STEVENSVILLE — On the first Friday of October every year, crowds walk up and down Main Street in Stevensville to view scarecrows lining the road. The annual Scarecrow Festival is a popular event among residents in the area who enter and create displays that are judged by attendees throughout the weekend.
But before the awards and festivities, participants have a lot of work to do. In preparation for this year’s festival, several women from the Parent Teacher Membership at Lone Rock School met on Sunday to get a head start on their display.
The four women, Jen Gunterman, Alexis O’Toole, Beth Schaefer and Mandy King, gathered in Lone Rock’s gymnasium where they cut chrome spray-painted insulation board and assembled it into the shape of a bell.
The PTM decided to focus on the bell tower for their theme as a nod to a tower that was installed on the school’s campus last year. The bell was found in a storage area a couple years ago and while its history isn’t entirely clear, it’s thought to be a school bell, said Beth Schaefer, a PTM member.
“It’s going to look like the bell tower and then it’s going to have witches with a cauldron underneath and we’re going to make them the lunch ladies,” said Jen Gunterman, another PTM member. “Our school is known for its food and our cafeteria. Everybody loves the lunch ladies.”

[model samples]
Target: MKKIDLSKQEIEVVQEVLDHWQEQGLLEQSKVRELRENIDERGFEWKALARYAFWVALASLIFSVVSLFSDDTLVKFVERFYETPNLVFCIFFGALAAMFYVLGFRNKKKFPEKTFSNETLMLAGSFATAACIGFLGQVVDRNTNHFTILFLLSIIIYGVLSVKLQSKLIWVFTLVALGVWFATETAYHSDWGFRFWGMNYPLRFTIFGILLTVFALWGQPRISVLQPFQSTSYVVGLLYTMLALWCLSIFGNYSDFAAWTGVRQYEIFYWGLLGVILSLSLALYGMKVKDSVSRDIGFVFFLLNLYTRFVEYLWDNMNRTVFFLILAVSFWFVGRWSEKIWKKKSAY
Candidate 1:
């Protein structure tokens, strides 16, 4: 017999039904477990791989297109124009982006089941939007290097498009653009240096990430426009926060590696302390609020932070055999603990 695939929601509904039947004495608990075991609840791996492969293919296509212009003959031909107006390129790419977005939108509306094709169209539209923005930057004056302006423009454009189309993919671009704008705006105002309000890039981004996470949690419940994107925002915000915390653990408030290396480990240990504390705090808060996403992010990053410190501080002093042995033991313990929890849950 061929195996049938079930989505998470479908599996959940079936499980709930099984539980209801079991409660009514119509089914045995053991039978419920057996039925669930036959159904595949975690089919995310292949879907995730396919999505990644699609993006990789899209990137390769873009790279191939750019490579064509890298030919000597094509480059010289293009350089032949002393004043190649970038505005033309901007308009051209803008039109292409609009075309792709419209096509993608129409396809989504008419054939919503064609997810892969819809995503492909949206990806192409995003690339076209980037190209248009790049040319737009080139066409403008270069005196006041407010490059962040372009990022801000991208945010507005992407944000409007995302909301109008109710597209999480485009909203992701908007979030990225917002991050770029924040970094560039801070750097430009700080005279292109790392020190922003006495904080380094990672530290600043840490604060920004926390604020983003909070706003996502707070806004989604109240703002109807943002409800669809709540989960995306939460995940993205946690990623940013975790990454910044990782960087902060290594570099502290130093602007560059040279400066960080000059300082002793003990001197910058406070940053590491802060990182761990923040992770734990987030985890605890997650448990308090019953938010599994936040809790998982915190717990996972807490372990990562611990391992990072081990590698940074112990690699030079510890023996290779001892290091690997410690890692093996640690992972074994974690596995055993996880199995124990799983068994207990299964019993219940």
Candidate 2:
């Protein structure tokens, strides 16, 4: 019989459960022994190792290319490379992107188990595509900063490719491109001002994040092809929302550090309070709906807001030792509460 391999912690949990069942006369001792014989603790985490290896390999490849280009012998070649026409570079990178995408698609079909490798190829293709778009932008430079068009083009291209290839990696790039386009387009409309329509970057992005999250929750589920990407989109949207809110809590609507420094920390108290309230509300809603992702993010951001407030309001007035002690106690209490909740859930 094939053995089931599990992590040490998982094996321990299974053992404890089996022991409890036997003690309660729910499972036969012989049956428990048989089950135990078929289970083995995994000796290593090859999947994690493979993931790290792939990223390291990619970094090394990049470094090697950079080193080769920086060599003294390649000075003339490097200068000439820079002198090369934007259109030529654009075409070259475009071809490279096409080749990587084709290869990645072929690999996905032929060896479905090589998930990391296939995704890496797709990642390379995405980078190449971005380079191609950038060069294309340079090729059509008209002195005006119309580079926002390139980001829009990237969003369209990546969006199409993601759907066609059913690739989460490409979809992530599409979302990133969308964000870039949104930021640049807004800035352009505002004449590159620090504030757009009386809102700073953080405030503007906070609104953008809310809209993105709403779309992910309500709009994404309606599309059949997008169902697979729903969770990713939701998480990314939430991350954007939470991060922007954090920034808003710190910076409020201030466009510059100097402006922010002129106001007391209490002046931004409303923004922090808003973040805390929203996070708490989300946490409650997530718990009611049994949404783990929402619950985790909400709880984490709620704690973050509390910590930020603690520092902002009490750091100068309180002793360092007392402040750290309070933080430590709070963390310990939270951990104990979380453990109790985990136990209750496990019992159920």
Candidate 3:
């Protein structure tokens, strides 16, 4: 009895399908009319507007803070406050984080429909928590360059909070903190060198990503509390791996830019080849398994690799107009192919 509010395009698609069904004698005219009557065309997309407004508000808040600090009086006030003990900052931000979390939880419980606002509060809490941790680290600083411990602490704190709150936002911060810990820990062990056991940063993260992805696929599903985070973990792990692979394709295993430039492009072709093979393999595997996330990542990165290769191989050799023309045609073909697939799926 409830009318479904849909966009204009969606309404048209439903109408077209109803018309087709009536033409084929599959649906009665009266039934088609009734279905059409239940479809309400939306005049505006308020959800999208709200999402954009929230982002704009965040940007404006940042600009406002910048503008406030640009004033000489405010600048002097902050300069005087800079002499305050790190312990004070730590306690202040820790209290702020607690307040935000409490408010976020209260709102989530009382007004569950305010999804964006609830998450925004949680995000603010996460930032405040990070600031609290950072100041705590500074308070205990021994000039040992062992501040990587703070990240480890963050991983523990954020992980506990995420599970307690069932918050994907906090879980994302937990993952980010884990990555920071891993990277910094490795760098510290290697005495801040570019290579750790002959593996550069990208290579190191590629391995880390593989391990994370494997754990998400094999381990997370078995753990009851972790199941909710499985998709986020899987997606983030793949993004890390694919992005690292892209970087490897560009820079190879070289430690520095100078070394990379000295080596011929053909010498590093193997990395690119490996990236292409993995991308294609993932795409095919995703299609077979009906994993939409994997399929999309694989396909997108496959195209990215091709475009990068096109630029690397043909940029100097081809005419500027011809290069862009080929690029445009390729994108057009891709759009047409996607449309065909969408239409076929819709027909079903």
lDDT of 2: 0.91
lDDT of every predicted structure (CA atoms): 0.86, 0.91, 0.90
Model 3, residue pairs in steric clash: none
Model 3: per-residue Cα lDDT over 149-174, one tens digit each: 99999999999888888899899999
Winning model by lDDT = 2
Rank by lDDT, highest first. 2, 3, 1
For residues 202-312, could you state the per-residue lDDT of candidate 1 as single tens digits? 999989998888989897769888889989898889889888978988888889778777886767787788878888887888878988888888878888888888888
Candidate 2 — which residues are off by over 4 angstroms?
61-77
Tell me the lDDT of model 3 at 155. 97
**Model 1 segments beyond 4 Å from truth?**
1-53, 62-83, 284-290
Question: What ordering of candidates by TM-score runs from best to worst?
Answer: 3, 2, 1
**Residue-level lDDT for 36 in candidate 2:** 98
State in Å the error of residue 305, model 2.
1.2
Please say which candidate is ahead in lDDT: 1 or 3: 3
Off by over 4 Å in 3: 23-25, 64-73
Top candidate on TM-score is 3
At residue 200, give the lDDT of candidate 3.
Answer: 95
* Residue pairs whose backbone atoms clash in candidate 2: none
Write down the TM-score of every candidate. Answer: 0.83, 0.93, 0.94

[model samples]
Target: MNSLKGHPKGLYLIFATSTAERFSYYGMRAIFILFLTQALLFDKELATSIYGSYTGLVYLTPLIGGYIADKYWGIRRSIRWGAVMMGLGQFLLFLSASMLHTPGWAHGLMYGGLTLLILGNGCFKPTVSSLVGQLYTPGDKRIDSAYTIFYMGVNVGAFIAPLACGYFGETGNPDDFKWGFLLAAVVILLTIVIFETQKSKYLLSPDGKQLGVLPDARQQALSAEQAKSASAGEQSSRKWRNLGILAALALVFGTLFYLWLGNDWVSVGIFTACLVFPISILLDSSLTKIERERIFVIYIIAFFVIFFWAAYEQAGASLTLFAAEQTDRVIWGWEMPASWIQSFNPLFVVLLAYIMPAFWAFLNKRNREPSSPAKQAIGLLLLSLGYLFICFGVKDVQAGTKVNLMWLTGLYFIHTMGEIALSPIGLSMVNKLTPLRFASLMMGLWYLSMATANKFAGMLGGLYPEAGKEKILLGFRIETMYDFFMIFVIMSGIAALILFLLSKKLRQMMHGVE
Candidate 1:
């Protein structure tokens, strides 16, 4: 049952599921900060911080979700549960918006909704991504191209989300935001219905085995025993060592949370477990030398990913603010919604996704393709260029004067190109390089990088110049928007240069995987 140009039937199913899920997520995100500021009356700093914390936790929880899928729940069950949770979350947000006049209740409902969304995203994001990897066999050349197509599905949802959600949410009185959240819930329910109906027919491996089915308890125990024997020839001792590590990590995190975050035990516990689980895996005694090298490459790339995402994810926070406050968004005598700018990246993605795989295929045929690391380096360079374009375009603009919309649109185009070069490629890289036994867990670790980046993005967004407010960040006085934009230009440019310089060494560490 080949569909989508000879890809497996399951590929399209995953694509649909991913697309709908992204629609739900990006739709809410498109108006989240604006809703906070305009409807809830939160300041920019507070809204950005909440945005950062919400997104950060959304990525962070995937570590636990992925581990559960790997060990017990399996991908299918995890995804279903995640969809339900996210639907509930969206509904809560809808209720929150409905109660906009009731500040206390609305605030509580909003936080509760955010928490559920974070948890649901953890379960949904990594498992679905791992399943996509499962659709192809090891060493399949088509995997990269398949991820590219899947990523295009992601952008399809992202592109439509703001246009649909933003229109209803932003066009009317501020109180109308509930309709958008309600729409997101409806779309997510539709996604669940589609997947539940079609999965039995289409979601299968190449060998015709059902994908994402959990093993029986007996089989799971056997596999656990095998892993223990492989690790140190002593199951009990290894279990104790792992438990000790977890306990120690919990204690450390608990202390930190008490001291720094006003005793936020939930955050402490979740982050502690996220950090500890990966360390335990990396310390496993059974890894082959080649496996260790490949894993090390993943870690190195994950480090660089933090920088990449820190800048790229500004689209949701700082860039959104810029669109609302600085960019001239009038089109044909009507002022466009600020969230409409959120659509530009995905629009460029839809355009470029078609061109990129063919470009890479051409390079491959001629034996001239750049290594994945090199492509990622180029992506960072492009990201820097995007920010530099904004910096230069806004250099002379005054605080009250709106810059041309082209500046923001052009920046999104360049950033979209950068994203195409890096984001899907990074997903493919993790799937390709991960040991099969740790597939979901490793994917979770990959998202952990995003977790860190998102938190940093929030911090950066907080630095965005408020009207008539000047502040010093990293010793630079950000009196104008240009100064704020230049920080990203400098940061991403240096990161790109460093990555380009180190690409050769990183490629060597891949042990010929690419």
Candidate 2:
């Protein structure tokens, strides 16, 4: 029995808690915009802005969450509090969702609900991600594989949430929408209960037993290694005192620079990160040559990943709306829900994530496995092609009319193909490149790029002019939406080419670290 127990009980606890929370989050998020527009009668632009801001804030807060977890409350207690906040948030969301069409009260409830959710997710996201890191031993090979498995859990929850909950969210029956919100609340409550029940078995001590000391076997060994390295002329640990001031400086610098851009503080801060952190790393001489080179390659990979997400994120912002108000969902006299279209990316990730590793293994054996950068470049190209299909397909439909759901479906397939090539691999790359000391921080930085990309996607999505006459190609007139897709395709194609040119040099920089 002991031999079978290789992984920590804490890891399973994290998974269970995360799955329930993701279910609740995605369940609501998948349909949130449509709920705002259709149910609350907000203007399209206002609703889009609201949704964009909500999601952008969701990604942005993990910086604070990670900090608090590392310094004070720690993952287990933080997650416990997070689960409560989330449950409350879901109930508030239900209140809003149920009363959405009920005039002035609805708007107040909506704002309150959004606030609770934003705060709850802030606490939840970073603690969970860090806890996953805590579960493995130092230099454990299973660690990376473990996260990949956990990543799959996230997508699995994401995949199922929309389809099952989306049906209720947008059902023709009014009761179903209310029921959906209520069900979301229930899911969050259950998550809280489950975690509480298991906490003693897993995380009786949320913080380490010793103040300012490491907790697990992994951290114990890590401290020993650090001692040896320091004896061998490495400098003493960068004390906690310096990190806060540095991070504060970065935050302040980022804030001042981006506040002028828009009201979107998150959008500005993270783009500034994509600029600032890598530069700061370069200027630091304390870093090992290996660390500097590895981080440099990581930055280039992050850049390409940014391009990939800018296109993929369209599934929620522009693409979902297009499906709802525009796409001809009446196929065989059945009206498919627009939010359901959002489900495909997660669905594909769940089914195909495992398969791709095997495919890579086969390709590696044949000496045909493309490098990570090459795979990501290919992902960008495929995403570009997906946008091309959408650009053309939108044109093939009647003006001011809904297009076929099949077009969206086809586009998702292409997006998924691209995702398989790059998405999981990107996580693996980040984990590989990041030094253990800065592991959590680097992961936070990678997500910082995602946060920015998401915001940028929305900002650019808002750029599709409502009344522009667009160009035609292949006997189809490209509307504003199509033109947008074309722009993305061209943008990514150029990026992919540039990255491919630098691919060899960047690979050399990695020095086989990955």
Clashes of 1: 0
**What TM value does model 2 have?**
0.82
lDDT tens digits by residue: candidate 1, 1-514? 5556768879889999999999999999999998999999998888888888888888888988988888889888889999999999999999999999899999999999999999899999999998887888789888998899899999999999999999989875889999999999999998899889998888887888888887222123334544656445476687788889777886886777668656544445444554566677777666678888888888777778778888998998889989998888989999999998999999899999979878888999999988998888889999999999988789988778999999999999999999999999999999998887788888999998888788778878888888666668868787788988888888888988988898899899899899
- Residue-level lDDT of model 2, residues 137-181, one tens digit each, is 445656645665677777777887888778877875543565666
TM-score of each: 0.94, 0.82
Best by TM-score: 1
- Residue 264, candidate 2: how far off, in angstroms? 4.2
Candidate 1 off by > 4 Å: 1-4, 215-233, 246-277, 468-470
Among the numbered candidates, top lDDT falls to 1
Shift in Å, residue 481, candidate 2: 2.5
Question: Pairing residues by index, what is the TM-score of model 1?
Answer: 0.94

King said the lunch ladies at Lone Rock are loved for their homemade bread and cinnamon rolls, as well as tacos, pizza and sloppy joes with wheat buns baked from scratch. She said the cinnamon rolls have become so popular that once a month, families are invited to purchase them for a dollar each. The lunch ladies also use produce from nearby gardens and make “rocket subs” named after the Lone Rock Rockets.
Recognizing the school’s lunch ladies is just one way participants use exhibits to highlight parts of their community and celebrate Stevensville’s history.
“We don’t go into this thinking ‘we’re going to win’ or anything,” Gunterman said. “We just want to have fun and build some fun thing.”
“And have our school be a part of it,” O’Toole said.
Since the festival focuses more on having fun than competing, Schaefer said the term “scarecrow” is used loosely. The three witches the PTM is using as the lunch ladies are part of a Halloween prop that King purchased from Costco.
The women also made decorative bats to accompany the witches and hang from the tower. They twisted wire and wrapped bandanas around the wire creations in an attempt to make figures that resembled bats.
“I feel like there’s a step-by-step of how to make these on Pinterest,” King said.
“I like to be my own Pinterest,” Schaefer said.
The women said they will meet again to finish their display and assemble it before the festival. When it finally comes time to unveil it, they’ll join the rest of the town viewing all of the scarecrows and judging them on a piece of paper.
This year’s festival will take place from Friday, Oct. 5 to Sunday, Oct. 7. In addition to the scarecrows, there will be live music and treats, a straw maze, a kids’ pumpkin contest, a bounce house and a farmers market over the course of the weekend.
The winners will be announced on Monday, Oct. 8 and the scarecrows will remain up for viewing until Sunday, Oct. 14.